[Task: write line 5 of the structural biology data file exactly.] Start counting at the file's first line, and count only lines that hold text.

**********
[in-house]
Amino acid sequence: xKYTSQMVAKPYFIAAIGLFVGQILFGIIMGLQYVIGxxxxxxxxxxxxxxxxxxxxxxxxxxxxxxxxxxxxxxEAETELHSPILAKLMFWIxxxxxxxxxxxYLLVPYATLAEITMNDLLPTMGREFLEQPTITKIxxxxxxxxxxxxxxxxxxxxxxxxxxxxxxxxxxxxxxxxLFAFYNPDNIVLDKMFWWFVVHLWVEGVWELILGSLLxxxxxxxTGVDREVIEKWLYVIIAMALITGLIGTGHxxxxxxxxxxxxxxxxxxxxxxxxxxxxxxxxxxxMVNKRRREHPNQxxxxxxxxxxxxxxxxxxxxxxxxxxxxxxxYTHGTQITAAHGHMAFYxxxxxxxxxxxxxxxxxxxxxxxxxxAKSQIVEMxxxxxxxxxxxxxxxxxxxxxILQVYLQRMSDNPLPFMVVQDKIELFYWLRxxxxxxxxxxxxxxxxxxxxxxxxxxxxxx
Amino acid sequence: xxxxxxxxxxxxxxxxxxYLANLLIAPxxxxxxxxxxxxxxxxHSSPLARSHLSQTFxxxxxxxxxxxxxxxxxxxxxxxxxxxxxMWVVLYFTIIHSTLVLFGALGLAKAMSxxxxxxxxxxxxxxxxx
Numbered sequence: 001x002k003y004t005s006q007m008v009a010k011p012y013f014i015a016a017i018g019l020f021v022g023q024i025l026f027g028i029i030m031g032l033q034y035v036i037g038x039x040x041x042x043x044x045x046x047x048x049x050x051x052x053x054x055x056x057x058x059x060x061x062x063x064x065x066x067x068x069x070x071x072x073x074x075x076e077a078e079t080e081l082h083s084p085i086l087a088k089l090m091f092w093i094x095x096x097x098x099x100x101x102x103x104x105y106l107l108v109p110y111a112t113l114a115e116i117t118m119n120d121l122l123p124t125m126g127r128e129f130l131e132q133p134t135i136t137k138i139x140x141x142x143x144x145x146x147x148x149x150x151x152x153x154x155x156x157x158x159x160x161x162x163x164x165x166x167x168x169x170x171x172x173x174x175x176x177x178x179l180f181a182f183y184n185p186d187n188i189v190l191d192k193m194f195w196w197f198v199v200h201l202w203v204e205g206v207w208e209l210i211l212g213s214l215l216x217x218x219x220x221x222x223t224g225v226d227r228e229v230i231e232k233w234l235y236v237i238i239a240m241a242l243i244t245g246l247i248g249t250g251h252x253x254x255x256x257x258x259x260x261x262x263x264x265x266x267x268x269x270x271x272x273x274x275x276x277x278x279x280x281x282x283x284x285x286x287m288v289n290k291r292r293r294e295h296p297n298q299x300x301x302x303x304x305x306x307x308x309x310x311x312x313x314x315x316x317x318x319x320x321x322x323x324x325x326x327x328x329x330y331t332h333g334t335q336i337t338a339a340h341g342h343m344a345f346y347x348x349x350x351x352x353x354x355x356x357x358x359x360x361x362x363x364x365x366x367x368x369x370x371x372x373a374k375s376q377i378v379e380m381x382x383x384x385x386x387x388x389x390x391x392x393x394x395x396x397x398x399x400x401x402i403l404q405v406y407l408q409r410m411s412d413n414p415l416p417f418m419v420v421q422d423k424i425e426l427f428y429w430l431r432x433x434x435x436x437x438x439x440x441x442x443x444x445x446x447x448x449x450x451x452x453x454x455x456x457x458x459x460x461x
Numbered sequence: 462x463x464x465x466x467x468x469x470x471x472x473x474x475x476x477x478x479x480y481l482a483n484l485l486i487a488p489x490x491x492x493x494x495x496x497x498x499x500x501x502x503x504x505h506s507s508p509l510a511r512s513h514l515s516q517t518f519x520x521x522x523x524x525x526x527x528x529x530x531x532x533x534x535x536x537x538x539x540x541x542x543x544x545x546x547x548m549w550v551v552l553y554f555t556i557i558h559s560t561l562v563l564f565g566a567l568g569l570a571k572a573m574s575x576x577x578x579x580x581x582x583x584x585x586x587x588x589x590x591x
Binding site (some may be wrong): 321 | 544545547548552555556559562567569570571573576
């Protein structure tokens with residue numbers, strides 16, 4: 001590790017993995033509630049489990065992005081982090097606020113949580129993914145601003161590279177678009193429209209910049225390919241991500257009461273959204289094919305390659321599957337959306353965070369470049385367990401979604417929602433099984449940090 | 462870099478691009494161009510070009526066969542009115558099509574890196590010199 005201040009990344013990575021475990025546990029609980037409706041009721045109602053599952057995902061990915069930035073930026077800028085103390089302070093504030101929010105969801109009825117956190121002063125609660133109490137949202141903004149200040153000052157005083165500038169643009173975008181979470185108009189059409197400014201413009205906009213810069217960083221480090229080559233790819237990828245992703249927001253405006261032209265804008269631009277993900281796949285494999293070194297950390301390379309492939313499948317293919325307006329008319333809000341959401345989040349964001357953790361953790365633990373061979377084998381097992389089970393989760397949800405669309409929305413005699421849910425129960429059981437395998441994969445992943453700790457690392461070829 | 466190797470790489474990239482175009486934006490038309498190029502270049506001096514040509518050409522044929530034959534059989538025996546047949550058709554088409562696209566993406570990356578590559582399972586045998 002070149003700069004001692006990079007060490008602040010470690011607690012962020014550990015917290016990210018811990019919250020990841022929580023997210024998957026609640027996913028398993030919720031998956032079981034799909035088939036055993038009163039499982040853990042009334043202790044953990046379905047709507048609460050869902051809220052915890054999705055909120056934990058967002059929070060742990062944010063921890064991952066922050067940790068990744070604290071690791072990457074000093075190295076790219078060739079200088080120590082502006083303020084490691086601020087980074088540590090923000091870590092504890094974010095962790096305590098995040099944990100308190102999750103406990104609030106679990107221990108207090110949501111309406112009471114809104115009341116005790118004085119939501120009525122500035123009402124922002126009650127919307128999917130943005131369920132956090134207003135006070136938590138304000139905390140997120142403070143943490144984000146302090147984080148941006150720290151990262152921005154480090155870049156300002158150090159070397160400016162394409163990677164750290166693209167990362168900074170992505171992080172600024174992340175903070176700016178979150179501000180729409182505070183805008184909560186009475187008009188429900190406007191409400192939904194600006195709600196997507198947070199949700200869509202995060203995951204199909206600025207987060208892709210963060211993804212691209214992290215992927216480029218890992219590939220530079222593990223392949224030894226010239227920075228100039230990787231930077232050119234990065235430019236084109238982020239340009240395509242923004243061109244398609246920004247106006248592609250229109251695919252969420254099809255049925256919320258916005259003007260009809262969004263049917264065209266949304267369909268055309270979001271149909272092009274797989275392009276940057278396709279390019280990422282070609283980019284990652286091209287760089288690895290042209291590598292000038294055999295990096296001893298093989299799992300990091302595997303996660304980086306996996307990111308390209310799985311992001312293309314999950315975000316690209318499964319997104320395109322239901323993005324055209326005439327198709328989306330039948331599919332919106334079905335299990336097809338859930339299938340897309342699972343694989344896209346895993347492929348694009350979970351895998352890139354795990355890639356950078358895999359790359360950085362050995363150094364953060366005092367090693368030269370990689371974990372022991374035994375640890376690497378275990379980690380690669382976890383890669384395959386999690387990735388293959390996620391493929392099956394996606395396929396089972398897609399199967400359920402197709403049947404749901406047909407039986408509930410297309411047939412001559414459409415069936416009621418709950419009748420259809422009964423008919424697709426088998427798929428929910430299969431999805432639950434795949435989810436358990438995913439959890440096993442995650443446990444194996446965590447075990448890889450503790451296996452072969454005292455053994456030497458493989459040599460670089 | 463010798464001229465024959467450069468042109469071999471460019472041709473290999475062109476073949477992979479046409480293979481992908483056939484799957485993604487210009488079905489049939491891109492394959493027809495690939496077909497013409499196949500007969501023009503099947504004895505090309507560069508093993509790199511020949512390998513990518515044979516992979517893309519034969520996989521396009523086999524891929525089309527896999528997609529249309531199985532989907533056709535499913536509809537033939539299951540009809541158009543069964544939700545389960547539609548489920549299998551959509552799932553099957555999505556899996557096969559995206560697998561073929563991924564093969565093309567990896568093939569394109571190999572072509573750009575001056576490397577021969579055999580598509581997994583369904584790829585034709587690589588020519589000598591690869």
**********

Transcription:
Numbered sequence: 462x463x464x465x466x467x468x469x470x471x472x473x474x475x476x477x478x479x480y481l482a483n484l485l486i487a488p489x490x491x492x493x494x495x496x497x498x499x500x501x502x503x504x505h506s507s508p509l510a511r512s513h514l515s516q517t518f519x520x521x522x523x524x525x526x527x528x529x530x531x532x533x534x535x536x537x538x539x540x541x542x543x544x545x546x547x548m549w550v551v552l553y554f555t556i557i558h559s560t561l562v563l564f565g566a567l568g569l570a571k572a573m574s575x576x577x578x579x580x581x582x583x584x585x586x587x588x589x590x591x